Jenkins does not shy away from challenging herself to bring yoga to new and perhaps unexpected students. For the past year, she has been volunteering to teach yoga at Robert E. Lee High School in Jacksonville. To date, as many as 75 students have shown up for a single class, including football players, cheerleaders and teachers. The experience has impacted Jenkins as much as the students. “It’s like you’re giving these kids the world,” she said. “It’s changing my life.”

Stacy Santiago is another local teacher bringing yoga to some very enthusiastic and perhaps unexpected students. The special education teacher at North Florida School of Special Education teaches children ages 13 to 15 who have a variety of mild to moderate intellectual disabilities, such as autism and Down syndrome. Santiago, who discovered the practice “73 pounds ago,” also teaches several yoga classes for adults, which in part inspired her to bring yoga into the classroom and afterschool programs she’s involved with at North Florida School. She finds herself continually amazed at how yoga is helping transform her students.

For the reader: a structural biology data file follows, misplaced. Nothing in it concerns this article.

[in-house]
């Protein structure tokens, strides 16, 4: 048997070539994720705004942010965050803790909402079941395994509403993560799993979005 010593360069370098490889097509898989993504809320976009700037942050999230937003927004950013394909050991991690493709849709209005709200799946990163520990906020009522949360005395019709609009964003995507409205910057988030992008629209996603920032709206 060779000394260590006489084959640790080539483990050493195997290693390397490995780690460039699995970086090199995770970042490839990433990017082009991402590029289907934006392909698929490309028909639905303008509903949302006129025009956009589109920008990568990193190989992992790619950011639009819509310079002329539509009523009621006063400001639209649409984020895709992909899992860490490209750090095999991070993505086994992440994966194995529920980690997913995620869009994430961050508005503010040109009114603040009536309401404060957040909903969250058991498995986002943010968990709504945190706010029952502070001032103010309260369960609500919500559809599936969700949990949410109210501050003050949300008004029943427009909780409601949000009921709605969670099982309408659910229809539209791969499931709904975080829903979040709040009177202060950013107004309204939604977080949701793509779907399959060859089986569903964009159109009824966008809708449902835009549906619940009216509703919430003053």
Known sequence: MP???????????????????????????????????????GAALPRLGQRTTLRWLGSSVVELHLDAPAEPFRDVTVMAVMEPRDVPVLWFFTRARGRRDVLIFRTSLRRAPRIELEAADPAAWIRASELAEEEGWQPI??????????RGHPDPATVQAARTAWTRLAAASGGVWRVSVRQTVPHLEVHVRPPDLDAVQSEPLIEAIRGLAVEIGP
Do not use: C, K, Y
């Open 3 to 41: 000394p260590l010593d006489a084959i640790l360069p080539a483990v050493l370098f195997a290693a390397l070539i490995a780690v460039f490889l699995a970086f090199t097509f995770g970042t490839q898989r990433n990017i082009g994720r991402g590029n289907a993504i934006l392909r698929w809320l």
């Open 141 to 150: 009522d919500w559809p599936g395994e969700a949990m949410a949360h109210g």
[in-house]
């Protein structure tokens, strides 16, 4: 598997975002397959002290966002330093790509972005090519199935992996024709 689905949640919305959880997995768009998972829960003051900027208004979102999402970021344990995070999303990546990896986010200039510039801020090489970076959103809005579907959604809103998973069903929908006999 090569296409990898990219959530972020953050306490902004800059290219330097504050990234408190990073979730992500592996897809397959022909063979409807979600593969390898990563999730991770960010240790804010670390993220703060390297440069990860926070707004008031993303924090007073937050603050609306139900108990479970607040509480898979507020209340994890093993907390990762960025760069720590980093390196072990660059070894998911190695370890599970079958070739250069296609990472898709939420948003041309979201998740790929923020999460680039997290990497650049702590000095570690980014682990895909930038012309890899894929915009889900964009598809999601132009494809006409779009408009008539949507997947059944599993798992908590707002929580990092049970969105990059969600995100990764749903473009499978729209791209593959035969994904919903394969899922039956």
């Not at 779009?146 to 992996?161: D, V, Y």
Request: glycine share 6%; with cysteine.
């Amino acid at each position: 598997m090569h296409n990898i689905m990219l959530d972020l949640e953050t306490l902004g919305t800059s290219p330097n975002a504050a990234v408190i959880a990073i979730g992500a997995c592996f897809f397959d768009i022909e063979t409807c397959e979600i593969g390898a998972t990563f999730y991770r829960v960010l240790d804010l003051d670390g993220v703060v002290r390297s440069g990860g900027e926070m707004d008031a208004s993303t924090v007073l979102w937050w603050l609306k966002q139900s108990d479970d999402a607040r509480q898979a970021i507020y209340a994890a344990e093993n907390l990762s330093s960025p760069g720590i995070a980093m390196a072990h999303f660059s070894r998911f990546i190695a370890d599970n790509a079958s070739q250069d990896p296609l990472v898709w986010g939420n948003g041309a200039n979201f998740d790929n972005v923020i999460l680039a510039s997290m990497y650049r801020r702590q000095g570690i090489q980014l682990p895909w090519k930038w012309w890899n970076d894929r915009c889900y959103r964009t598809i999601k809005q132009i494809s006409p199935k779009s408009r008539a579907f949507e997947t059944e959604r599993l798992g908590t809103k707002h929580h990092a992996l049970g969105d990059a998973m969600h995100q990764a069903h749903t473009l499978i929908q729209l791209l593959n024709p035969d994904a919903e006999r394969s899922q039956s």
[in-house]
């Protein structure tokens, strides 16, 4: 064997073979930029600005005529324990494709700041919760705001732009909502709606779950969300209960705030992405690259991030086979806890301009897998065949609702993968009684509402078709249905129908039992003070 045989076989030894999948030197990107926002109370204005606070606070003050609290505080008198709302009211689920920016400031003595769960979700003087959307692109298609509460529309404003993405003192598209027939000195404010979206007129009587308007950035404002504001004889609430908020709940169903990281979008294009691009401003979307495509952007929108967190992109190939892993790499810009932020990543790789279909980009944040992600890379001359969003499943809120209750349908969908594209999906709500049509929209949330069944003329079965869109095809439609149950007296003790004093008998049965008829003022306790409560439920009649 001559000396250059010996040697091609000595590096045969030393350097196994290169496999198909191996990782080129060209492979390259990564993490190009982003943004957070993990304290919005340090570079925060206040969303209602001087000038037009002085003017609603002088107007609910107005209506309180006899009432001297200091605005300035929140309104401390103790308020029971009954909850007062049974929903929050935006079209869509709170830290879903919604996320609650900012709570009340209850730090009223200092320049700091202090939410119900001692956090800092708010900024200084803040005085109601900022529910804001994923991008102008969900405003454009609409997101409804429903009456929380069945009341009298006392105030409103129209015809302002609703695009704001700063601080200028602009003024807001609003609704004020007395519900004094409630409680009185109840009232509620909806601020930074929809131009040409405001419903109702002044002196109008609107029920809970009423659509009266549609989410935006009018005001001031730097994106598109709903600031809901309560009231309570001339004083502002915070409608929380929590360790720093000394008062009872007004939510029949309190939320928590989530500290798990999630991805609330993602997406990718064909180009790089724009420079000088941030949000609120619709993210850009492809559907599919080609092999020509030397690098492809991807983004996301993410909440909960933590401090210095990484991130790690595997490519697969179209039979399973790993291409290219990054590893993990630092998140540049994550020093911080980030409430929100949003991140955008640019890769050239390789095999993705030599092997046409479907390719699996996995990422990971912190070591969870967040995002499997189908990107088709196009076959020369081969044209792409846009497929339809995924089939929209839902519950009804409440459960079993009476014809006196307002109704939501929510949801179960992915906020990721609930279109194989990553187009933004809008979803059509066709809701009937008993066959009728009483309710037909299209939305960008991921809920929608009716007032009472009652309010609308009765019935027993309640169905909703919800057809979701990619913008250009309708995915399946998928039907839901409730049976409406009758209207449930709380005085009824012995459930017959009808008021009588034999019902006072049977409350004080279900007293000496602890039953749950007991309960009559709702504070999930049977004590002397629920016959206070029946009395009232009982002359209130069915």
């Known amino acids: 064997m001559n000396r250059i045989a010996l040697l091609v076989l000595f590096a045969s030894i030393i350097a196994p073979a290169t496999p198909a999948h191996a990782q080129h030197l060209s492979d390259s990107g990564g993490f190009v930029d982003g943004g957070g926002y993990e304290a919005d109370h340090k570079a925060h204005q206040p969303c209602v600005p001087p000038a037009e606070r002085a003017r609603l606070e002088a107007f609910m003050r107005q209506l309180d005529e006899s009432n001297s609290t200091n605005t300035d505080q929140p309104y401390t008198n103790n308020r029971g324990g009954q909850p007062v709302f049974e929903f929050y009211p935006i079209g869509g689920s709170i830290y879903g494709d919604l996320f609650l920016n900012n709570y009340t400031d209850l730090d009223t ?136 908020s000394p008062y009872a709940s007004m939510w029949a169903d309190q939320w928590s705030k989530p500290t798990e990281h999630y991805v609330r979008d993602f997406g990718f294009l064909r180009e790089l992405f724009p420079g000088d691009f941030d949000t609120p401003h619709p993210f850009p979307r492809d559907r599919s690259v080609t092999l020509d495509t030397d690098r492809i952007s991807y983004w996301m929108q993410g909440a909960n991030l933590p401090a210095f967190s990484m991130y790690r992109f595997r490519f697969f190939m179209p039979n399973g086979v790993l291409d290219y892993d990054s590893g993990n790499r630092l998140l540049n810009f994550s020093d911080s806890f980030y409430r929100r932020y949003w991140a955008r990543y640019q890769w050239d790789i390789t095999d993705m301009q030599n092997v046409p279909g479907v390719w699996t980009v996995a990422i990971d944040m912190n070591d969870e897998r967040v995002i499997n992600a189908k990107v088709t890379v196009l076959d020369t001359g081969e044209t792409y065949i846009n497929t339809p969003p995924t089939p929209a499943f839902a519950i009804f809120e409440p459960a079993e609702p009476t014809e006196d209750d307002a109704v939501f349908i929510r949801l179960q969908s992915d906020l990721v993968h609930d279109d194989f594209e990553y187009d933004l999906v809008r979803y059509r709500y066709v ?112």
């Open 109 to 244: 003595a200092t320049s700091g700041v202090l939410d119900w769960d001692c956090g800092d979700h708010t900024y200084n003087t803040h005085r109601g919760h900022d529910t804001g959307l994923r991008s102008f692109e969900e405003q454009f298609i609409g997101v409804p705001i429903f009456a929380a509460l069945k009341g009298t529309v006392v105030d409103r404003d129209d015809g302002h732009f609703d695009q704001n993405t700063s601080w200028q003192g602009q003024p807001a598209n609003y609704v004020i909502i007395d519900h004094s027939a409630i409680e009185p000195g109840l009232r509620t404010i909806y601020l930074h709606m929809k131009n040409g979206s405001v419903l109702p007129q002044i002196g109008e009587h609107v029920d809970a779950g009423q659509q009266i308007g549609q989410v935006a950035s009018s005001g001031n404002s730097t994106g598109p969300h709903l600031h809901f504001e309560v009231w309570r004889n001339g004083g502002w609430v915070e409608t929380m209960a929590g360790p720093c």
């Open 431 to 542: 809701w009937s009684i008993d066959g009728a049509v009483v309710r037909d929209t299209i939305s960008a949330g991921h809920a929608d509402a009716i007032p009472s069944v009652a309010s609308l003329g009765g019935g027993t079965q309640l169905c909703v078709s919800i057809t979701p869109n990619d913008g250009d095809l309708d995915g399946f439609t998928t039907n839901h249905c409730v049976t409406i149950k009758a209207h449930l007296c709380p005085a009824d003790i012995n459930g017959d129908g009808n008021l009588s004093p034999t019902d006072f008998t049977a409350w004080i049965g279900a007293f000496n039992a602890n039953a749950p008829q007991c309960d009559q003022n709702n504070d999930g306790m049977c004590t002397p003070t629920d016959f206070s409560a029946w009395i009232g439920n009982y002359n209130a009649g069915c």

“Besides developing flexibility and strength, stamina, agility, balance, even cardiovascular fitness and coordination, besides that, it’s promoting mental strengths, a positive attitude not just toward exercise but toward their bodies, toward their self-esteem. I know it’s promoting concentration and self-discipline,” she said.

She shares a story of two students on the autism spectrum who have become friends. One is also diagnosed with obsessive-compulsive disorder, a frequent companion to autism, and the other is particularly self-centered, a common characteristic of autistic individuals. One day, the first student was locked in a ritual, repeating it over and over until he felt satisfied, when his friend turned to him and said, “You don’t have to be perfect. God loves and respects you the way you are.”